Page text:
Take the Karabakh war between Armenia and Azerbaijan. It's the first time that we see the victim being punished rather than the aggressor. Armenians have occupied nearly 20 percent of Azerbaijan's land and yet America places an embargo against Azerbaijan. But when Iraq attacked Kuwait, America landed half a million soldiers there to kick Saddam Husein out of Kuwait.

Why? Because they had oil and economic interests over there. And also because of the Israeli geopolitic interests. The point I'm making is that so often the foreign policy decisions of the U.S. are not based on justice but rather the interests of local politicians. And there are rich Armenians in America with a lot of influence.

The American people know who is right, and who is wrong. But now to change this thing in Congress, to pass it through-that's another story.

What do you think is going to happen?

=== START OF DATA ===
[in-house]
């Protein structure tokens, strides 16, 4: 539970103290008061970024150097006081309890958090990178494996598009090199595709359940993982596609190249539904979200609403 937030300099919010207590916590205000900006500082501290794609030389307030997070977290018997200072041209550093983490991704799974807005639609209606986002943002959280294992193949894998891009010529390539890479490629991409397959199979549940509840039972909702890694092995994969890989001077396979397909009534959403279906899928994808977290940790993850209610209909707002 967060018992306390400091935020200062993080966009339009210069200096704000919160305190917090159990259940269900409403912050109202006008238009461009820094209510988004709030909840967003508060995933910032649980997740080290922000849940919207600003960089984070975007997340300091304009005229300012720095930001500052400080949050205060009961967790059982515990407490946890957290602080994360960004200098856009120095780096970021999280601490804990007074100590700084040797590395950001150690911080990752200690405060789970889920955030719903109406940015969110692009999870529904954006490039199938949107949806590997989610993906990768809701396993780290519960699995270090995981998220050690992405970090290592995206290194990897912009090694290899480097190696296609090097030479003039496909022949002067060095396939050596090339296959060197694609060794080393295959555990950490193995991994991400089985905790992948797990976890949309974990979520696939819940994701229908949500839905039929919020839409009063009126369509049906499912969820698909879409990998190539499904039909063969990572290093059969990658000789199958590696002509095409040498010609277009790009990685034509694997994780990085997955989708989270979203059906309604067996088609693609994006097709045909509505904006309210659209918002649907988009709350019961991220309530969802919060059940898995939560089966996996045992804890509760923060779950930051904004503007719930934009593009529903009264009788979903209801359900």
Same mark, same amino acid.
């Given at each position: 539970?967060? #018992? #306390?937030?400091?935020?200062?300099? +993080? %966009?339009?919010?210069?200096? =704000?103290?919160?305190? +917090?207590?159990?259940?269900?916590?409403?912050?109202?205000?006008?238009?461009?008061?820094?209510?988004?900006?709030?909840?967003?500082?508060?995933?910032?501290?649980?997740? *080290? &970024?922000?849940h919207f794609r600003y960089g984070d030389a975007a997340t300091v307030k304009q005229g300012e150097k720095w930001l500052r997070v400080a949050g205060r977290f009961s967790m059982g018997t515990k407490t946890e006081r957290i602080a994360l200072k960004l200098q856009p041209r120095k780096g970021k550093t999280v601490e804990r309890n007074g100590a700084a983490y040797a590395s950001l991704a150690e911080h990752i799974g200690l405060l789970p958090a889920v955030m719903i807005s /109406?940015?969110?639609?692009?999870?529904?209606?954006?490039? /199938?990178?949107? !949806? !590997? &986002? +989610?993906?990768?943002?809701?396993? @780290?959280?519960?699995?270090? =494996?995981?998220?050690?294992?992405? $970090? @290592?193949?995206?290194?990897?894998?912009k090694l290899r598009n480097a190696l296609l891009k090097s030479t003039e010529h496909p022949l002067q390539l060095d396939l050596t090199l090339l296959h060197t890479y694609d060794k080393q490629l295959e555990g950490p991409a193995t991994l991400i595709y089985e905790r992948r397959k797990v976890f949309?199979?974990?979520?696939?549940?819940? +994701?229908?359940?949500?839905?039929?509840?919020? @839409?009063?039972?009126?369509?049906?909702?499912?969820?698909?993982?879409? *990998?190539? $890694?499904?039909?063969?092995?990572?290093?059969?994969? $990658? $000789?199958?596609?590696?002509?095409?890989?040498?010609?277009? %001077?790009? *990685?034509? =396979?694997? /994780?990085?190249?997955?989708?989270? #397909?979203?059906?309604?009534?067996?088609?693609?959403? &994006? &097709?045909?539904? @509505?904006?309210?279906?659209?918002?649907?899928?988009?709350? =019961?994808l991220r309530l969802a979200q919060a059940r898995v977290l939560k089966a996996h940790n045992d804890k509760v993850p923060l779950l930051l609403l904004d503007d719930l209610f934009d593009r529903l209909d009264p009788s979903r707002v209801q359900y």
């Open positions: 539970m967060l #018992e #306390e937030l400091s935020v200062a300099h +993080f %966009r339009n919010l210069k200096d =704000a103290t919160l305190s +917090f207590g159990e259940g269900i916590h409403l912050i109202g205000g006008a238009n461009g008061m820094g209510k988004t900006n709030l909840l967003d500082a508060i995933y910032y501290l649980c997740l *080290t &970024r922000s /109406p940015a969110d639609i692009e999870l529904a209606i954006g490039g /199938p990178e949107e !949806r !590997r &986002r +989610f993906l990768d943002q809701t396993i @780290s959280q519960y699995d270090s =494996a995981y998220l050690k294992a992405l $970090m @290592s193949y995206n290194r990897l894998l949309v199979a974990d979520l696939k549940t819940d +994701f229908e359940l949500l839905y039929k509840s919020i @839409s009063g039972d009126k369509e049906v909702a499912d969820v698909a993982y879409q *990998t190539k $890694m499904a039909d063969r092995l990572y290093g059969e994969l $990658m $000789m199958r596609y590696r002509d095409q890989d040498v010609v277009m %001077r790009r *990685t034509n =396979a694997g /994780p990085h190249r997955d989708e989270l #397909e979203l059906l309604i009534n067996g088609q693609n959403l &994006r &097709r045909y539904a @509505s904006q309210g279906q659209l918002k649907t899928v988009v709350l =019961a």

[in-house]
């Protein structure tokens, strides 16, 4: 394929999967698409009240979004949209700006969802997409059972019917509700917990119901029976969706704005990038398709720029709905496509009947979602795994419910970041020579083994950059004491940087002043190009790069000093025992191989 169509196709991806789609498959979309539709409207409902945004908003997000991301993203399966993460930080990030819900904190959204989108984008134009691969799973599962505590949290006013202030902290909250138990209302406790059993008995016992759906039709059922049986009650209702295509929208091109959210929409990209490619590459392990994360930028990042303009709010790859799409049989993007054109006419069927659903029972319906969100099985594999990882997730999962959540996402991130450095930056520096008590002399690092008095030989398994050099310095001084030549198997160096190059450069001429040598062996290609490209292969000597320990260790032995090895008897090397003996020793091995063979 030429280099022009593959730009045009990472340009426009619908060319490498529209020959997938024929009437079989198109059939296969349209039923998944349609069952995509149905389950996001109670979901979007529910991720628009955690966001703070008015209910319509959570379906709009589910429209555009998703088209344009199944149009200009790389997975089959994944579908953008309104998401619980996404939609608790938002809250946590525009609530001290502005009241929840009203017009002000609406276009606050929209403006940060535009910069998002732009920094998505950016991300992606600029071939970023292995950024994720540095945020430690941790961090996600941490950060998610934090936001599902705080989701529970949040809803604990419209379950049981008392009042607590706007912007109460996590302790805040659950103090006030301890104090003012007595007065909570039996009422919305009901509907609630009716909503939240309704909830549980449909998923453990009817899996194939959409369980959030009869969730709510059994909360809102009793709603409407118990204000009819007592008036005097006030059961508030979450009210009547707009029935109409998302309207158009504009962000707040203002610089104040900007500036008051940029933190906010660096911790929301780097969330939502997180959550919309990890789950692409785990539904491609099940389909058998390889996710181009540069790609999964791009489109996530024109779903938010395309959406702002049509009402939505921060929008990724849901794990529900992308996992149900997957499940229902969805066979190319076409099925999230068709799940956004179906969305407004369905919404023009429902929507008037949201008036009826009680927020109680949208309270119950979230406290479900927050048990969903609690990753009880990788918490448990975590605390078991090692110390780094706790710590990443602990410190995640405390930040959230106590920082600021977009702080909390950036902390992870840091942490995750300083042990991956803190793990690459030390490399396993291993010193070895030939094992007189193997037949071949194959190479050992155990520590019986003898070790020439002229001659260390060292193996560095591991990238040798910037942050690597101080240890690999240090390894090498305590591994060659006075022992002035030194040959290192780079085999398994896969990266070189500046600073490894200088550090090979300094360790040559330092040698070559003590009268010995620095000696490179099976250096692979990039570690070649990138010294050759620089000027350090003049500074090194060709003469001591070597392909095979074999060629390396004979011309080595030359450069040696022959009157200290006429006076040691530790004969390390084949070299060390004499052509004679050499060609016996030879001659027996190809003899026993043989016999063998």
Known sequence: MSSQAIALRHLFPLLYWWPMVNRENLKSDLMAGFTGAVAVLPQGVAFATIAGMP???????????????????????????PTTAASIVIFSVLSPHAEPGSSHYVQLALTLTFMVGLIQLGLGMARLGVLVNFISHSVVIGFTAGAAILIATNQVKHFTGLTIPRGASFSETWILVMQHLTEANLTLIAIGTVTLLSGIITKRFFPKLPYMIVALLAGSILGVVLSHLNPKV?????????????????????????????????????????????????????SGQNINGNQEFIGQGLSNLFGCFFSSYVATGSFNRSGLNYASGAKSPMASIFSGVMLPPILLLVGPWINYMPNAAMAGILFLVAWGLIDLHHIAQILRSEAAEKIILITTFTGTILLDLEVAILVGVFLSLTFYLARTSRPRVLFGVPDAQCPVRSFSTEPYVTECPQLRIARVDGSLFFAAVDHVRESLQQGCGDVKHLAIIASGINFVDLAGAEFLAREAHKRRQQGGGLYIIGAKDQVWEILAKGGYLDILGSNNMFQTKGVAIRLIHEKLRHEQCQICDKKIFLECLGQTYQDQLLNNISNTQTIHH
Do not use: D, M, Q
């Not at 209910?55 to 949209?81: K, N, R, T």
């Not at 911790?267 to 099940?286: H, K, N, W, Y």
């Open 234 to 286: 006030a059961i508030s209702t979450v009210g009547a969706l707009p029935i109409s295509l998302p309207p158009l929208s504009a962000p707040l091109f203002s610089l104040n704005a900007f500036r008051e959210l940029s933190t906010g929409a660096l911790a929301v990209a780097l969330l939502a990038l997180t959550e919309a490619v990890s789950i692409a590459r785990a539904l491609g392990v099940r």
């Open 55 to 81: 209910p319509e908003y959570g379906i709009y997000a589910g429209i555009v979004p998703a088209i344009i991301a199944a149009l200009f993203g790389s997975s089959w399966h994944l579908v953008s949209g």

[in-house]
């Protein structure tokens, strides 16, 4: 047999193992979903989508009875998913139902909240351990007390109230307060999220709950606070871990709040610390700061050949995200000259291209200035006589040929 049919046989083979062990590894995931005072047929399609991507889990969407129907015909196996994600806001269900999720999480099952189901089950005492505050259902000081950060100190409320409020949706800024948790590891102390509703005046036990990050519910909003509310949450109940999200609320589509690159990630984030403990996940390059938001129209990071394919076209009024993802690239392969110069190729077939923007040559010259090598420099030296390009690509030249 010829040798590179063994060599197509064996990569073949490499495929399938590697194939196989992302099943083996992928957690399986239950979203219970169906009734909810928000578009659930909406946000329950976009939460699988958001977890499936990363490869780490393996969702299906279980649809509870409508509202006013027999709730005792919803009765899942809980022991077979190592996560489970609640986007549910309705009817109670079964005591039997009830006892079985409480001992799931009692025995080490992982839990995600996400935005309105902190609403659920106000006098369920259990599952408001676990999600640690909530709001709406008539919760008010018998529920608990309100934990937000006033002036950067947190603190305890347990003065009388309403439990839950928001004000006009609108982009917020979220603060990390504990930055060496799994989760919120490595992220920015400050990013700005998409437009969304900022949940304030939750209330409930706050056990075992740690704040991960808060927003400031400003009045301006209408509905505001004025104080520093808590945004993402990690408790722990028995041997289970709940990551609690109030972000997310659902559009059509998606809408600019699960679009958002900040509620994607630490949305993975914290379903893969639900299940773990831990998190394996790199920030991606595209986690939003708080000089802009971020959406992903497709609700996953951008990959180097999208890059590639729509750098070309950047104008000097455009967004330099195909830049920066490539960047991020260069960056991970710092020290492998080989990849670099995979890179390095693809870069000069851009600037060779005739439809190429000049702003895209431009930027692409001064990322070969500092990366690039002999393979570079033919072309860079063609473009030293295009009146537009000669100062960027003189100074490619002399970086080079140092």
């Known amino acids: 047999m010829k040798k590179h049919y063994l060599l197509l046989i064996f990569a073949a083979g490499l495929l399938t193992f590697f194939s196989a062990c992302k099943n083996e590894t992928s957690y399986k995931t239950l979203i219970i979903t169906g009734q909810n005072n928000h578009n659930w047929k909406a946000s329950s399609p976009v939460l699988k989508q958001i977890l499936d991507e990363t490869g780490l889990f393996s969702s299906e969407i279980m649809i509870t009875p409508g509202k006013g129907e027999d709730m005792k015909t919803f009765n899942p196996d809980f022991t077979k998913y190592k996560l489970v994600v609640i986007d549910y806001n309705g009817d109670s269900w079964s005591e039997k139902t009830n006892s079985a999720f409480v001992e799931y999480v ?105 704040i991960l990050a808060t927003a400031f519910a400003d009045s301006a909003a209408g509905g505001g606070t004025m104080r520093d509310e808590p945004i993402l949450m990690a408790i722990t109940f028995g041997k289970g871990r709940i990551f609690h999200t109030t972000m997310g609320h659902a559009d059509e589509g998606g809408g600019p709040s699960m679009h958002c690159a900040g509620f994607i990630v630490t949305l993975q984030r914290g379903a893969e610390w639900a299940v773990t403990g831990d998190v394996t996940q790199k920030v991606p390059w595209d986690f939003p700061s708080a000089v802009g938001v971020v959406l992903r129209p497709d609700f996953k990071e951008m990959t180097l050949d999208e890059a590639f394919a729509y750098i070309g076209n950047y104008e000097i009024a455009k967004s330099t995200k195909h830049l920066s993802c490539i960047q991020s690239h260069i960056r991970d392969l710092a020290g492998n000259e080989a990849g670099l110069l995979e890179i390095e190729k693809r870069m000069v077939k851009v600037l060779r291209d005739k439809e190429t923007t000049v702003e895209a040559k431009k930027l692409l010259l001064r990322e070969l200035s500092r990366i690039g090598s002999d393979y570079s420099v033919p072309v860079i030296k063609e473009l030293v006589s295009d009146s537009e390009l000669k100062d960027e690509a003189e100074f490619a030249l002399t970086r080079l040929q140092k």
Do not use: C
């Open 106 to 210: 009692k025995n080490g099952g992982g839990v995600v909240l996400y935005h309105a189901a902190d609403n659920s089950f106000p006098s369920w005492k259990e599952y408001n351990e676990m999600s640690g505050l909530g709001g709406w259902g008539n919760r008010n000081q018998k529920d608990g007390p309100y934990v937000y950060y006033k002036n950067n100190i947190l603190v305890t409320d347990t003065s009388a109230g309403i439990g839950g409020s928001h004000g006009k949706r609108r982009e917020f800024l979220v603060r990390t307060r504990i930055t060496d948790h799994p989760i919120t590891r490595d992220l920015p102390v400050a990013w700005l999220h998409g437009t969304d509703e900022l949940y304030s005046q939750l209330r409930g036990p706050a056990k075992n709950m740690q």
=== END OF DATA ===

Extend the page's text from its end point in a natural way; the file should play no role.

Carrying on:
We need to get more and more Americans involved over here. The more that American companies make investments in Azerbaijan, the more they will influence Congress. Eventually, if there is enough interest over here, not just from oil companies but also in other sectors, the companies will go back and lobby against 907. It has to change and it will change.

Tell me more about yourself. Who is Paolo Parviz?

Really, nobody. Truly.

Tell me about your professional experience, your education.

Frankly speaking, on an international scale of dimensions, I'm nobody. In my own little world, I wake up very early every morning. I'm not a great intellect, I haven't invented anything. I just wake up in the morning and phone some other guys, and think, what I am going to do today? And I work harder than anybody I know. There's a famous saying that "the early bird gets the"! What do you call it? Whatever the hell it is. So my strength has really been my persistence and the fact that I don't give up. The more difficult something is, the more stubborn I become. I don't like to lose. Some people achieve great things by being clever and inventive. I'm not a genius. I'm a very pragmatic person when it comes to getting things done. I succeed through hard work, not inventions.